MOSCOW (Reuters) - A Russian opposition activist who became the first person to be jailed under a new law for repeatedly staging peaceful anti-Kremlin protests says he is being tortured in prison and fears for his life.
A Moscow court sentenced Ildar Dadin, 34, to three years in prison in December for holding a series of one-man protests, although his term was reduced to two and a half years on appeal.
Russian rights activists regard Dadin, an outspoken critic of President Vladimir Putin and his policies, as a political prisoner. The authorities say Dadin broke a law, introduced after big anti-Kremlin protests, that criminalizes anyone who violates protest rules more than twice in 180 days.
In a letter to his wife from prison in northwest Russia, published on Tuesday by the online news portal Meduza, Dadin said he was being subjected to beatings in which around 10 prison guards would kick him at the same time.
He said he had also had been hung up like a piece of meat with his hands handcuffed behind his back, that he had been stripped and threatened with rape, and that the prison governor had warned him he would be murdered if he complained.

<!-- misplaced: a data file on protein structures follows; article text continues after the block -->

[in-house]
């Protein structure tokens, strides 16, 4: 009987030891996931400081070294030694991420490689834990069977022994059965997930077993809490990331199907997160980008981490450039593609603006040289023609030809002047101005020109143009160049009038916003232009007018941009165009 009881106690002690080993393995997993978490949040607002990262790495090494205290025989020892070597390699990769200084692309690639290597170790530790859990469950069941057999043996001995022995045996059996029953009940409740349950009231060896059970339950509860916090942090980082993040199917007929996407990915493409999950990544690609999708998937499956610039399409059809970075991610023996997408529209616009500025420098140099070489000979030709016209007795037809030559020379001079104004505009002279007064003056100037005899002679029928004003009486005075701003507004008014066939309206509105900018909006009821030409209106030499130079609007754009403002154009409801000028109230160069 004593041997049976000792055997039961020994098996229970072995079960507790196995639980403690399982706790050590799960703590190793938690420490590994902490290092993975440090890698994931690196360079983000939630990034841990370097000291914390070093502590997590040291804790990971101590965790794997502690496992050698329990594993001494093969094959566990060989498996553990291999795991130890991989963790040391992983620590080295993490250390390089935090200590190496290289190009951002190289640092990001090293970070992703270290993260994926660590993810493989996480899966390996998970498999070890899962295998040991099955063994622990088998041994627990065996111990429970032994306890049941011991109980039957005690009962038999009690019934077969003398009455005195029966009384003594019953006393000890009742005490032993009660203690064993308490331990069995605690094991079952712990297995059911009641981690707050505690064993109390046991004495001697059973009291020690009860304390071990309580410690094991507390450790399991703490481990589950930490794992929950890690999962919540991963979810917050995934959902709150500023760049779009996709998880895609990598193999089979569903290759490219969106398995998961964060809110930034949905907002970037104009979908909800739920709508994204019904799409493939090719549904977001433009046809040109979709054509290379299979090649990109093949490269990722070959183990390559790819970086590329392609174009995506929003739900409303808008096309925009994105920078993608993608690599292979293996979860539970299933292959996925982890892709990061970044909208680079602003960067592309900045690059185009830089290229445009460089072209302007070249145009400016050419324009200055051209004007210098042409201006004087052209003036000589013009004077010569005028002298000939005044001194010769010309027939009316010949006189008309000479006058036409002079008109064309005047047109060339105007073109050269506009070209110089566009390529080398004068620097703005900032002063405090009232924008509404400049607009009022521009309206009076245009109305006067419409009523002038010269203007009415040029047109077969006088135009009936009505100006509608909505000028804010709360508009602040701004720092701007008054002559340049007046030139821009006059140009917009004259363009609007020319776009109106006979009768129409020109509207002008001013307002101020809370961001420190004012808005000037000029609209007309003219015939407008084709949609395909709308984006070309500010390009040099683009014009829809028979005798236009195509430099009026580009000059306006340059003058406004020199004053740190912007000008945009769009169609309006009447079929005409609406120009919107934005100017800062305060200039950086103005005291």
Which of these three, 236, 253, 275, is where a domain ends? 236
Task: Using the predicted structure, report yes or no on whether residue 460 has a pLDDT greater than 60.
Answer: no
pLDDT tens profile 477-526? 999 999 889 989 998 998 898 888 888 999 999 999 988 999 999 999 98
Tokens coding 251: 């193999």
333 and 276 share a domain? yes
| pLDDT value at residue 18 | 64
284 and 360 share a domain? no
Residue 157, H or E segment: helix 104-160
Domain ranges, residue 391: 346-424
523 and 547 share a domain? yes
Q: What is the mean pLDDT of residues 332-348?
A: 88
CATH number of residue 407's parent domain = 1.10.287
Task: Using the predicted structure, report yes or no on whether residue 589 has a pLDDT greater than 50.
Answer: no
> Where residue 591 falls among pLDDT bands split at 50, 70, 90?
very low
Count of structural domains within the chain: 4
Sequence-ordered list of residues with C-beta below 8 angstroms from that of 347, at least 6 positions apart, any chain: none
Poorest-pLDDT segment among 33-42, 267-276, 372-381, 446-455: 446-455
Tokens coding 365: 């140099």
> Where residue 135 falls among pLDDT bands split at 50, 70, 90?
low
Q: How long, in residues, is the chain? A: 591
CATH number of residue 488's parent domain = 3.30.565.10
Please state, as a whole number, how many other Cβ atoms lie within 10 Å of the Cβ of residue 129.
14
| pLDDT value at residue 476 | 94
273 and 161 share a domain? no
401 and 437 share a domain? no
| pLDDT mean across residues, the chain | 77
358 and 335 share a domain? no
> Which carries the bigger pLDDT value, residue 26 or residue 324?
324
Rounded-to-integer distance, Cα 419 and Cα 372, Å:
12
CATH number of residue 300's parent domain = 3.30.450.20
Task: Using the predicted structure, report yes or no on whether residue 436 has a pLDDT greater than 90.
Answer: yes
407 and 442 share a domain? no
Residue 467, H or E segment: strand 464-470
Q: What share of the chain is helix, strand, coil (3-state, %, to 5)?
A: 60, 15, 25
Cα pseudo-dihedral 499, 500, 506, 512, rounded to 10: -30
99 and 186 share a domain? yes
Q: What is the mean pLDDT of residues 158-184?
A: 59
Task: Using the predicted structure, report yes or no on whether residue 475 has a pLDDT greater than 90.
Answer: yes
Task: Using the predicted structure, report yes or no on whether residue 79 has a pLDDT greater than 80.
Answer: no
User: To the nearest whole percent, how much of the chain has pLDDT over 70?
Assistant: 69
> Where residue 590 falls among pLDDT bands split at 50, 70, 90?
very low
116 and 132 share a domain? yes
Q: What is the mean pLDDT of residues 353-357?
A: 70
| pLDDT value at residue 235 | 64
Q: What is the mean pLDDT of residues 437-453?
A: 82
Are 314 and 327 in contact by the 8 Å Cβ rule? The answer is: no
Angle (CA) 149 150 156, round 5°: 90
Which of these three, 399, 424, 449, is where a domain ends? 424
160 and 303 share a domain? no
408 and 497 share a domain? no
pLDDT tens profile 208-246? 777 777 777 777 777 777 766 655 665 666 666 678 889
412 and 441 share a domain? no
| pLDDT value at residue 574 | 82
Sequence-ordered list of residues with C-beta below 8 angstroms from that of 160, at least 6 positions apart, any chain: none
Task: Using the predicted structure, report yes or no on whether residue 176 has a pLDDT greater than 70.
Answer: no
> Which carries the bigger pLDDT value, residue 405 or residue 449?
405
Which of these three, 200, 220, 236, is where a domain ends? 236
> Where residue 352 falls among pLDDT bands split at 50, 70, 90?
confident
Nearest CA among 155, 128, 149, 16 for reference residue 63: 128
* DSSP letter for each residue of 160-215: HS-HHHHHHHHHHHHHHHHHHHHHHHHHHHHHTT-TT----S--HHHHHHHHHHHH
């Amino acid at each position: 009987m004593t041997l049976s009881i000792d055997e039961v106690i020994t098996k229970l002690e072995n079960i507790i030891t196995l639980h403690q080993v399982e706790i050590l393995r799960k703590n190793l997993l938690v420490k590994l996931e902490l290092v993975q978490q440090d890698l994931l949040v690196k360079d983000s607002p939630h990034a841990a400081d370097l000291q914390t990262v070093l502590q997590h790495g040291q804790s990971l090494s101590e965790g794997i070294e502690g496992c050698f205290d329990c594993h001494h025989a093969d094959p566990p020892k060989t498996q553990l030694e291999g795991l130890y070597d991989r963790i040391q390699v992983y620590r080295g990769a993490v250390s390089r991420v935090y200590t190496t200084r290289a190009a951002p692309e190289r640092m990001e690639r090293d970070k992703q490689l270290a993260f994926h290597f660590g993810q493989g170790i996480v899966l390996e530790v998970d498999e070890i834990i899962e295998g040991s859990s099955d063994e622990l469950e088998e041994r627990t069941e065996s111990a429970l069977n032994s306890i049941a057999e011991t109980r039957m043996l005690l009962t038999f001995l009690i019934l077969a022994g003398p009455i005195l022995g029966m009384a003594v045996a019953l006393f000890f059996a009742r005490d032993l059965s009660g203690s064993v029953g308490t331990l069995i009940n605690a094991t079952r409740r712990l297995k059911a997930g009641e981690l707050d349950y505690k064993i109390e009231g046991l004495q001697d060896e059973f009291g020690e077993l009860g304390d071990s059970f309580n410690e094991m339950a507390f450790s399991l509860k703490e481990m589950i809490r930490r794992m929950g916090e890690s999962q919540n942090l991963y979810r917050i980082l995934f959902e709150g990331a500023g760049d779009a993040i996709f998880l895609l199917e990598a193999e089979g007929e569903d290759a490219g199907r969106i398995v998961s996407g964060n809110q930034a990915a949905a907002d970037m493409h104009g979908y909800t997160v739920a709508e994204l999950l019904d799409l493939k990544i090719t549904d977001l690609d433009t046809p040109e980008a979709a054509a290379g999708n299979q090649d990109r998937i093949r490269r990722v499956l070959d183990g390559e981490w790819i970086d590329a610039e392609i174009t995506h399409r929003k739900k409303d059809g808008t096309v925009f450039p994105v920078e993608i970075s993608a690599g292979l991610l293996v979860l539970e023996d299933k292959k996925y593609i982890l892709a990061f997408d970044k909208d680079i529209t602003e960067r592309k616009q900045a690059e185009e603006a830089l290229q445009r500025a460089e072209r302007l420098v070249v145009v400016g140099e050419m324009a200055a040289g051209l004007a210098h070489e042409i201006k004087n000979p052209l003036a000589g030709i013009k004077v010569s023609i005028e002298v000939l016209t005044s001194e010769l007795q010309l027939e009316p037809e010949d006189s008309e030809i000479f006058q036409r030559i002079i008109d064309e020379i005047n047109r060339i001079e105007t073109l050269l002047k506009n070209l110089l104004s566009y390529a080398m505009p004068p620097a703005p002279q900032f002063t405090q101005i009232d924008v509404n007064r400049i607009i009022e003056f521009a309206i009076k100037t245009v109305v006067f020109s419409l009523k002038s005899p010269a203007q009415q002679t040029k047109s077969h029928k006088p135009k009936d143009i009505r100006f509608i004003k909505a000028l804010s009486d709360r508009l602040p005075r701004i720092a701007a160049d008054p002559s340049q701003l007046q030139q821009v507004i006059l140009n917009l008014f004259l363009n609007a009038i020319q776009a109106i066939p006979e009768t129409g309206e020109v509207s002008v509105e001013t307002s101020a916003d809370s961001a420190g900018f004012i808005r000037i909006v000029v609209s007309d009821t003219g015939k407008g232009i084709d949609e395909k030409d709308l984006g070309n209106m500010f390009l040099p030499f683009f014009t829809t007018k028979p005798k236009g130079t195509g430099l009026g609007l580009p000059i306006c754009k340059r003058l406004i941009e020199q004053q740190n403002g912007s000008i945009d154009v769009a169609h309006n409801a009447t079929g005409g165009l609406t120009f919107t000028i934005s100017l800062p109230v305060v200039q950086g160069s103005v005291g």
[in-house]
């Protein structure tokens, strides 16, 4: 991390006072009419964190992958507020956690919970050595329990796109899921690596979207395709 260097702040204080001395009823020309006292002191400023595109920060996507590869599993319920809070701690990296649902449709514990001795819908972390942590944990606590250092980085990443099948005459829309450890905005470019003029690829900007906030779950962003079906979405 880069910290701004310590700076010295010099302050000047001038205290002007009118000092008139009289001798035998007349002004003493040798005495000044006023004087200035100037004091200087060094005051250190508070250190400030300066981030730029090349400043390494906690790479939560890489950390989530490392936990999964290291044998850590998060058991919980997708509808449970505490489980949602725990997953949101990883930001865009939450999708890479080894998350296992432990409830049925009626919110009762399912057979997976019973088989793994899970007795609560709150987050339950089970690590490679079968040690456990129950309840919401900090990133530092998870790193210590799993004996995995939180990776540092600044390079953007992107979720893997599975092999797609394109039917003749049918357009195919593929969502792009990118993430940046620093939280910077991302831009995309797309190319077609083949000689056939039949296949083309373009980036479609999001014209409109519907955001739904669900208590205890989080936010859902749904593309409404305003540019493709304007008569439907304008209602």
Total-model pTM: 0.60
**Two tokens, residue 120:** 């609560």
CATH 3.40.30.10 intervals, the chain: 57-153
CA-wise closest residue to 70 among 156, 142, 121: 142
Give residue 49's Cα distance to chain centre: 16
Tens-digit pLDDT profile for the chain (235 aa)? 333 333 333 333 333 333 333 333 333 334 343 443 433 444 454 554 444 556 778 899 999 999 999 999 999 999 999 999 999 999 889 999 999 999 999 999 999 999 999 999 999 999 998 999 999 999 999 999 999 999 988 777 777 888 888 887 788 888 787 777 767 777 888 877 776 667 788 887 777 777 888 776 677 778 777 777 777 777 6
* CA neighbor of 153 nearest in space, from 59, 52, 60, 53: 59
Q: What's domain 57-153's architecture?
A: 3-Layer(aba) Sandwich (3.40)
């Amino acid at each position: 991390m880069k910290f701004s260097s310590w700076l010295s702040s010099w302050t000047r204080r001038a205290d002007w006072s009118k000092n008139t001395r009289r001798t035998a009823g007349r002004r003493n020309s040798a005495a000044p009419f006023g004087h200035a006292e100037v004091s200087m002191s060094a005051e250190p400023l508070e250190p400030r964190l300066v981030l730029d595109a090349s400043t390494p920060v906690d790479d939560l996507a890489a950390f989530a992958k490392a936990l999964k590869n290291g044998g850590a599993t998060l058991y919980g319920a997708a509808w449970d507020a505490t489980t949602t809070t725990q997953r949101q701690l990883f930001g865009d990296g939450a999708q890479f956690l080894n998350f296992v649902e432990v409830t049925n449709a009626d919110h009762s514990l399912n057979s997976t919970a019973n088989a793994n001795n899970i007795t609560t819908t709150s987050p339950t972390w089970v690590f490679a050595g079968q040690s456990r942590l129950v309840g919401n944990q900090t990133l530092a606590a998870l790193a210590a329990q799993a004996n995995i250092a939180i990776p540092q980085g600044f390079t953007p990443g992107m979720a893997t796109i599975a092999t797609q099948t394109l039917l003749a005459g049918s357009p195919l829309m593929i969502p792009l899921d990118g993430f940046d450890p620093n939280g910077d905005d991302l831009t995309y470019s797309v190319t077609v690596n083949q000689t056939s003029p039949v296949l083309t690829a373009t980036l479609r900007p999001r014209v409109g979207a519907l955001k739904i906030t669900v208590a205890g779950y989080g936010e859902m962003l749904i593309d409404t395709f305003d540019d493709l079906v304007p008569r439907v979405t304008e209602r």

“Regular beatings, bullying, humiliation, insults, intolerable detention conditions – it’s happening to the other prisoners as well,” the letter said.
Dadin said if he was subjected similar treatment again, “it’s unlikely that I’ll last more than a week”.
Anastasia Zotova, his wife, said on social media she had felt something was wrong when prison authorities had not allowed her to speak to her husband on the phone or to visit.
Valery Maksimenko, the deputy head of the prison service, told the Interfax news agency that a medical investigation had not found any injuries on Dadin, and that Dadin had confirmed as much in a video interview.
He said an investigation into the allegations was under way. A spokeswoman for the prison service did not respond to a request to comment on whether Dadin had retracted his claims.
Dmitry Peskov, a spokesman for Putin, told reporters when asked about the matter that Putin would be informed about Dadin’s letter.
“This is a case which merits the closest attention of the relevant authorities, in this case the prison service,” said Peskov.
Dadin told his wife he feared he might be murdered to shut him up.
“In the event of my sudden death, you may be told that I committed suicide, had an accident, was shot while trying to escape, or (died) fighting with another prisoner,” he wrote.
“But this would be a lie.”
Additional reporting by Svetlana Reiter and Denis Pinchuk; Editing by Kevin Liffey
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